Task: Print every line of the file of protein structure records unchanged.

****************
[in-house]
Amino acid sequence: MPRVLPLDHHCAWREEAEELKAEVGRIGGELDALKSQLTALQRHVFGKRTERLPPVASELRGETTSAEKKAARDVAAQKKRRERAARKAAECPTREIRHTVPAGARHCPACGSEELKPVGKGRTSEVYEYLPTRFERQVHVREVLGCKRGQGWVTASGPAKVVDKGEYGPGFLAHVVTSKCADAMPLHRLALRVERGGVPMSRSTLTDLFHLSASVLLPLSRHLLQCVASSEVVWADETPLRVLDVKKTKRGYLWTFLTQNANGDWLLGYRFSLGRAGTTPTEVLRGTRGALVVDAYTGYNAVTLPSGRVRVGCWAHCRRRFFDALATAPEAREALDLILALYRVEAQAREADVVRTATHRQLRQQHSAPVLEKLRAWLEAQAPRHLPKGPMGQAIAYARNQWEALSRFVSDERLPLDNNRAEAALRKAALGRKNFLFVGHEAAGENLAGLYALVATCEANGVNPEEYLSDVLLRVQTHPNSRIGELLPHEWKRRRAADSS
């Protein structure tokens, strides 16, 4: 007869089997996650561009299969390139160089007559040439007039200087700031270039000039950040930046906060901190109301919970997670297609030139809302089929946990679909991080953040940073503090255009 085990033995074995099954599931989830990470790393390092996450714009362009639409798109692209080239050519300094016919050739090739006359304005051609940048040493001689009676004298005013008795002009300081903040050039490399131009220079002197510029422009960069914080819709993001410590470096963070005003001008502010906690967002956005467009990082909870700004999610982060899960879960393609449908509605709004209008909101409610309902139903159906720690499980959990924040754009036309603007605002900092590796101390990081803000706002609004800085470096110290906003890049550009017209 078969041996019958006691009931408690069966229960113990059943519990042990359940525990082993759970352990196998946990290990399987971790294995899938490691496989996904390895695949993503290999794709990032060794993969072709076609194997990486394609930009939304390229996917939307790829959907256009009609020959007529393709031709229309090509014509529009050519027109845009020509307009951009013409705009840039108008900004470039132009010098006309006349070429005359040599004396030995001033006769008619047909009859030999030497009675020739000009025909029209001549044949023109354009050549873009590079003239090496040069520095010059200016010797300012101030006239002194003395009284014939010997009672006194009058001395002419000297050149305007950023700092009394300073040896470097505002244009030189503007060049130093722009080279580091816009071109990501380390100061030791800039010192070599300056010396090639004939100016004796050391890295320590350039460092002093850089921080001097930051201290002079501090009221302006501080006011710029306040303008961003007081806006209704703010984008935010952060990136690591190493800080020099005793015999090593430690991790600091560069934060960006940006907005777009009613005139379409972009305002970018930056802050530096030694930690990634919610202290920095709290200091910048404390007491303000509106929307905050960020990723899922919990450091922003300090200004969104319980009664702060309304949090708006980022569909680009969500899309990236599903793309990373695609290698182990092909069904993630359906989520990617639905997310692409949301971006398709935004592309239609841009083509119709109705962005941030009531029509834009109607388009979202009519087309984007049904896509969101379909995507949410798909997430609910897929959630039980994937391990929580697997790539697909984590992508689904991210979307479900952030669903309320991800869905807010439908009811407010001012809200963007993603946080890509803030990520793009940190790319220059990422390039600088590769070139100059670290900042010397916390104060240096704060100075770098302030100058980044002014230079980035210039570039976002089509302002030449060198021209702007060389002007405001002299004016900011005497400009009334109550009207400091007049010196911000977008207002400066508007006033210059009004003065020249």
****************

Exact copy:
[in-house]
Amino acid sequence: MPRVLPLDHHCAWREEAEELKAEVGRIGGELDALKSQLTALQRHVFGKRTERLPPVASELRGETTSAEKKAARDVAAQKKRRERAARKAAECPTREIRHTVPAGARHCPACGSEELKPVGKGRTSEVYEYLPTRFERQVHVREVLGCKRGQGWVTASGPAKVVDKGEYGPGFLAHVVTSKCADAMPLHRLALRVERGGVPMSRSTLTDLFHLSASVLLPLSRHLLQCVASSEVVWADETPLRVLDVKKTKRGYLWTFLTQNANGDWLLGYRFSLGRAGTTPTEVLRGTRGALVVDAYTGYNAVTLPSGRVRVGCWAHCRRRFFDALATAPEAREALDLILALYRVEAQAREADVVRTATHRQLRQQHSAPVLEKLRAWLEAQAPRHLPKGPMGQAIAYARNQWEALSRFVSDERLPLDNNRAEAALRKAALGRKNFLFVGHEAAGENLAGLYALVATCEANGVNPEEYLSDVLLRVQTHPNSRIGELLPHEWKRRRAADSS
């Protein structure tokens, strides 16, 4: 007869089997996650561009299969390139160089007559040439007039200087700031270039000039950040930046906060901190109301919970997670297609030139809302089929946990679909991080953040940073503090255009 085990033995074995099954599931989830990470790393390092996450714009362009639409798109692209080239050519300094016919050739090739006359304005051609940048040493001689009676004298005013008795002009300081903040050039490399131009220079002197510029422009960069914080819709993001410590470096963070005003001008502010906690967002956005467009990082909870700004999610982060899960879960393609449908509605709004209008909101409610309902139903159906720690499980959990924040754009036309603007605002900092590796101390990081803000706002609004800085470096110290906003890049550009017209 078969041996019958006691009931408690069966229960113990059943519990042990359940525990082993759970352990196998946990290990399987971790294995899938490691496989996904390895695949993503290999794709990032060794993969072709076609194997990486394609930009939304390229996917939307790829959907256009009609020959007529393709031709229309090509014509529009050519027109845009020509307009951009013409705009840039108008900004470039132009010098006309006349070429005359040599004396030995001033006769008619047909009859030999030497009675020739000009025909029209001549044949023109354009050549873009590079003239090496040069520095010059200016010797300012101030006239002194003395009284014939010997009672006194009058001395002419000297050149305007950023700092009394300073040896470097505002244009030189503007060049130093722009080279580091816009071109990501380390100061030791800039010192070599300056010396090639004939100016004796050391890295320590350039460092002093850089921080001097930051201290002079501090009221302006501080006011710029306040303008961003007081806006209704703010984008935010952060990136690591190493800080020099005793015999090593430690991790600091560069934060960006940006907005777009009613005139379409972009305002970018930056802050530096030694930690990634919610202290920095709290200091910048404390007491303000509106929307905050960020990723899922919990450091922003300090200004969104319980009664702060309304949090708006980022569909680009969500899309990236599903793309990373695609290698182990092909069904993630359906989520990617639905997310692409949301971006398709935004592309239609841009083509119709109705962005941030009531029509834009109607388009979202009519087309984007049904896509969101379909995507949410798909997430609910897929959630039980994937391990929580697997790539697909984590992508689904991210979307479900952030669903309320991800869905807010439908009811407010001012809200963007993603946080890509803030990520793009940190790319220059990422390039600088590769070139100059670290900042010397916390104060240096704060100075770098302030100058980044002014230079980035210039570039976002089509302002030449060198021209702007060389002007405001002299004016900011005497400009009334109550009207400091007049010196911000977008207002400066508007006033210059009004003065020249």